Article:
Because our brains are so busy making decisions, they love to take shortcuts. How many times have you Googled for restaurants and used the dollar-sign rating to find an upscale option? Rather than research the restaurant, the chef’s pedigree, and whether he cooks with locally-sourced organic heirloom tomatoes, you’re relying on a shortcut that “expensive = good.” Then you glance at the star ratings and take another shortcut—if other people gave it five glowing stars, it’s probably tasty. (That’s called social proof.)
Much of the compliance process (wherein one person is spurred to comply with another person’s request) can be understood in terms of a human tendency for automatic, shortcut responding.
–Robert Cialdini, Ph.D. Influence:The Psychology of Persuasion, New and Expanded.
Most of the time, these mental shortcuts serve us well—we spend less effort and make faster decisions. But they also leave us vulnerable to influence.
Pixie Girl used four tactics—Consistency, Authority, Scarcity, and Liking—to trigger my shortcuts, and you can use them to increase CX buy-in.
After I said I liked magazines and the specific magazine she was selling, then the path of least resistance was to buy one. I’d feel embarrassed to refuse—why would I not buy something I clearly liked? Was I fickle? A liar? Or worse, a cheapskate? What would she think of me?!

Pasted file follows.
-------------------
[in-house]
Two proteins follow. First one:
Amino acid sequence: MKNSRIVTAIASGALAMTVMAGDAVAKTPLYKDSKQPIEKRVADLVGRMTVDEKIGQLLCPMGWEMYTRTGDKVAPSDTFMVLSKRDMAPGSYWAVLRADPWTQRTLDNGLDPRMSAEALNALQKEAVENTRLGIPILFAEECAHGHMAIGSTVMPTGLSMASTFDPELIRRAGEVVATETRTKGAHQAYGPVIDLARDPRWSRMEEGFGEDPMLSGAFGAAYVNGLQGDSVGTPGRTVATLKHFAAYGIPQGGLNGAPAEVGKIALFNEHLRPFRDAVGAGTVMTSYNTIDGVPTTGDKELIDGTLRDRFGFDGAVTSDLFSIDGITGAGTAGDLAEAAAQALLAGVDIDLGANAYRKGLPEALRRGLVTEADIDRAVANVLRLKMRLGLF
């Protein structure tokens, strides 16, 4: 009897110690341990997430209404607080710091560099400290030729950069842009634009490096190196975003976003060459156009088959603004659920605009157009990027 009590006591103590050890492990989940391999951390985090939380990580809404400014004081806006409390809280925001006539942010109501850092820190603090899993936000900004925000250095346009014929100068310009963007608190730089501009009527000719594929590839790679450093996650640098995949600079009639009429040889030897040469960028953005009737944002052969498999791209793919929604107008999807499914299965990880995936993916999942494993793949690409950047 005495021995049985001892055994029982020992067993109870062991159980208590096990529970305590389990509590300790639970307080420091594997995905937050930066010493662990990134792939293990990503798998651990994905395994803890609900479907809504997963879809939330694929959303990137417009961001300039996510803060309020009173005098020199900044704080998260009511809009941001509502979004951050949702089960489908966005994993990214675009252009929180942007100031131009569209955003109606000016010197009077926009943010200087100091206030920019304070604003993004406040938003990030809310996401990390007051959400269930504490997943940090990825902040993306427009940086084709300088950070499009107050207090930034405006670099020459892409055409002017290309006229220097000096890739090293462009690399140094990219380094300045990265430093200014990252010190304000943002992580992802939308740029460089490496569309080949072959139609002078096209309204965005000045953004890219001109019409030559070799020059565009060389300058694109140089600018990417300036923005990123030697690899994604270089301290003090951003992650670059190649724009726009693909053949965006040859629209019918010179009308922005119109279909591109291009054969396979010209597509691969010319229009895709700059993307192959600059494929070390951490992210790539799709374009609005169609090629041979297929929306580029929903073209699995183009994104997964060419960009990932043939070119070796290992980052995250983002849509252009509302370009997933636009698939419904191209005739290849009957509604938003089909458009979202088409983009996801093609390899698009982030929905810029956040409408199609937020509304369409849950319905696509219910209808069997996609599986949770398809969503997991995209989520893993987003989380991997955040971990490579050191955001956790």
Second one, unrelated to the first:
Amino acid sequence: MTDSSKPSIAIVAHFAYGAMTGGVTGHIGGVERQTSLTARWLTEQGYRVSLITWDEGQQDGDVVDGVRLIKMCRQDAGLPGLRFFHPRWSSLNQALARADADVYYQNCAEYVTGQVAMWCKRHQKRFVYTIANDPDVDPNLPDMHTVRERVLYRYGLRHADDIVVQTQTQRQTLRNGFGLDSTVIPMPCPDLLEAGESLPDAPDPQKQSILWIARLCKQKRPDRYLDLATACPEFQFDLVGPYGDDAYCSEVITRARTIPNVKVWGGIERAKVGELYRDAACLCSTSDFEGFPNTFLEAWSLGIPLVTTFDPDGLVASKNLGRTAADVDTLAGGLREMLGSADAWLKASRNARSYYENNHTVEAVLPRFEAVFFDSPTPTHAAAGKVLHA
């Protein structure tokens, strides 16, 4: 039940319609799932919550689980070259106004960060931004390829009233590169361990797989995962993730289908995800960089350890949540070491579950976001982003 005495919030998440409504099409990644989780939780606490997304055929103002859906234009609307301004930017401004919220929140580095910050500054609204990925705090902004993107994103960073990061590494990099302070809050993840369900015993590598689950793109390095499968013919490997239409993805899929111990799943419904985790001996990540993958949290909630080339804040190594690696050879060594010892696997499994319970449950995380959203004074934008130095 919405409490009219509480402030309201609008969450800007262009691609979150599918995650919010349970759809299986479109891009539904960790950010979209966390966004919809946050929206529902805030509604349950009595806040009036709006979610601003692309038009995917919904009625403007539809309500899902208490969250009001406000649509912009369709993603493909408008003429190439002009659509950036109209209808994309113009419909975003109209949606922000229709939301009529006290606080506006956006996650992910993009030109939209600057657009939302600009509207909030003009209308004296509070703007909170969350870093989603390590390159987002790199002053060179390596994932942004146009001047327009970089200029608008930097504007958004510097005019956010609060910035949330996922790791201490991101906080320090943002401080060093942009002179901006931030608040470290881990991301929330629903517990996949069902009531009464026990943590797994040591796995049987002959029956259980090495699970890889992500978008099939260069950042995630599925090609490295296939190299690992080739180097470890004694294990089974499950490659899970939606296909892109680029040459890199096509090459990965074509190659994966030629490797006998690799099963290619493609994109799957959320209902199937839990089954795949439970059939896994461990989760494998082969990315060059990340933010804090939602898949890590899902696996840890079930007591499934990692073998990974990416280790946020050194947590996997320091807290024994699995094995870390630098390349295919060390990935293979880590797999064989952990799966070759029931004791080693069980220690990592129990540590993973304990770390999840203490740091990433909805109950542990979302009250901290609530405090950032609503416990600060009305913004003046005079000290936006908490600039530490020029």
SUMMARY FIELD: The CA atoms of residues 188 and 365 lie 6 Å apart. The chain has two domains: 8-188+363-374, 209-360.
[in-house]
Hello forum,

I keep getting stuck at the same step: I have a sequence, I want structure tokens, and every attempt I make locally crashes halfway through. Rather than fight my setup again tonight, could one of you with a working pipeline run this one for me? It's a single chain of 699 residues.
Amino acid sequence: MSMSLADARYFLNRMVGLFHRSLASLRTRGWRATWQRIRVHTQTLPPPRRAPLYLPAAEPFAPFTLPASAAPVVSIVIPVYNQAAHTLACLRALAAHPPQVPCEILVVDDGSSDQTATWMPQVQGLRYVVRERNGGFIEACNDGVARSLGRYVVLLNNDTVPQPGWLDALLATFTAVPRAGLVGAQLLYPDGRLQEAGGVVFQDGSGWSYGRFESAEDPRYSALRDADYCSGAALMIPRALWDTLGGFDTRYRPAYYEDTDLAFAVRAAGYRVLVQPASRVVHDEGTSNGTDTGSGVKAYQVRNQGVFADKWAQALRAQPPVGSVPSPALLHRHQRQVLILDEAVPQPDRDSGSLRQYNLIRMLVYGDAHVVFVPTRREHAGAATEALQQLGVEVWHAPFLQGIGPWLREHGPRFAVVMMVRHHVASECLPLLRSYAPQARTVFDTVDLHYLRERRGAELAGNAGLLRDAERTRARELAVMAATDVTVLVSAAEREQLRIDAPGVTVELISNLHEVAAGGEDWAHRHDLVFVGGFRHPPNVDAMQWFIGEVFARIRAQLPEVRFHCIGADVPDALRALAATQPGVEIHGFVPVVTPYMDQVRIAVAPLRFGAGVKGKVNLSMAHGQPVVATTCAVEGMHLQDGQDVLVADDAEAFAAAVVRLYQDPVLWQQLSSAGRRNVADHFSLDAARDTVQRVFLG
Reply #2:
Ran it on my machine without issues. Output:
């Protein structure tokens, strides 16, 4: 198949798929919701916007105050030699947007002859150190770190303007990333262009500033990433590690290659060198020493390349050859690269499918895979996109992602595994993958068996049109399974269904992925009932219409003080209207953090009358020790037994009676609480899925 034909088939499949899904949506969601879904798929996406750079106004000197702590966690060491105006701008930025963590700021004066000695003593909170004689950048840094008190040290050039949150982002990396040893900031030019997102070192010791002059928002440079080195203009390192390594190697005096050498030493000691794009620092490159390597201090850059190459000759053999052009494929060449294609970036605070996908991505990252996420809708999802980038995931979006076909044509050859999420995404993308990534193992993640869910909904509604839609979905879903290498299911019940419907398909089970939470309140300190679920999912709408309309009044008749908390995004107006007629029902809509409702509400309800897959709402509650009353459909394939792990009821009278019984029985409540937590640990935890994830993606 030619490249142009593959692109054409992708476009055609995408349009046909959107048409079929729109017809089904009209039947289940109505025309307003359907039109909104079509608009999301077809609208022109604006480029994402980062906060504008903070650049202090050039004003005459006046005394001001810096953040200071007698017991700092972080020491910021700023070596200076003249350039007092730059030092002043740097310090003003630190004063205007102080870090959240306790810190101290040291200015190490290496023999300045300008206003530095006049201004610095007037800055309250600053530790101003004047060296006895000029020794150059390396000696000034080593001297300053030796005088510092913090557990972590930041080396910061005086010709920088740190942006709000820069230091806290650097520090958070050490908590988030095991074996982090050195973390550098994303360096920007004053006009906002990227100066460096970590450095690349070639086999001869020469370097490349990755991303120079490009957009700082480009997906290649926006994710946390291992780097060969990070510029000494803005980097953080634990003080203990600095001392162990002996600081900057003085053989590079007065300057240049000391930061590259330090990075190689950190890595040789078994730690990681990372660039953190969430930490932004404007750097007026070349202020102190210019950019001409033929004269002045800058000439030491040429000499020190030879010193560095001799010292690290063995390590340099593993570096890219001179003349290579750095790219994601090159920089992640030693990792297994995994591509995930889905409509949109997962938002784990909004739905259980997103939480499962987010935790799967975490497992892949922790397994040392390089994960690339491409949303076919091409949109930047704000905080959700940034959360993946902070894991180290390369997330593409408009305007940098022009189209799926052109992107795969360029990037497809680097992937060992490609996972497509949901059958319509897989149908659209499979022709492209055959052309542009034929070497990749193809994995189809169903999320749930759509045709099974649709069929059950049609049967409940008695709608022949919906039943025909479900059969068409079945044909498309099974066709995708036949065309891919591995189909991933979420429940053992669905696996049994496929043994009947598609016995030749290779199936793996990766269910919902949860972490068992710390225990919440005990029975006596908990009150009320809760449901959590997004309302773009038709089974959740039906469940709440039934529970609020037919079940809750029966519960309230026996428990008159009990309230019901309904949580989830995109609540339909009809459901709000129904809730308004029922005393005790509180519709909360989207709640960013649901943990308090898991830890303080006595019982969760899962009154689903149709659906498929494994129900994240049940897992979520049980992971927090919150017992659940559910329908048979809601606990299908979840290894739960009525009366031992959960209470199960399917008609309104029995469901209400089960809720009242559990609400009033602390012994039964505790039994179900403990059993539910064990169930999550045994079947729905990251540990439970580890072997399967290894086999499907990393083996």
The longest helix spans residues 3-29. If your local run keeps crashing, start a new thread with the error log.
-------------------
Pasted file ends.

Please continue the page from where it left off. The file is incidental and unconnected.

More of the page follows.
We strive to be consistent with what we have already said and done, and also to appear that way to others. Consistent people are strong, logical, stable and honest. Inconsistent people are weak, frauds, or fakers. That self-proclaimed vegan eating a cheeseburger? Not a real vegan!
How to use it: Are you having trouble getting buy-in for a large project? Start with small requests, like asking for advice or help reviewing customer survey responses. Make it super easy to say “yes,” and after they’ve consistently helped you with smaller projects, draw them into the big one.
Pixie Girl’s laminated brochure screamed legitimacy. Without the brochure, she was just a stranger in hotpants. But once that brochure appeared in her hand, she became a trustworthy magazine saleswoman in hotpants.
We naturally trust people with authority. We identify authority figures with symbols—college degrees, certifications, badges, and uniforms. When we see the symbol, our brains take a shortcut to trust.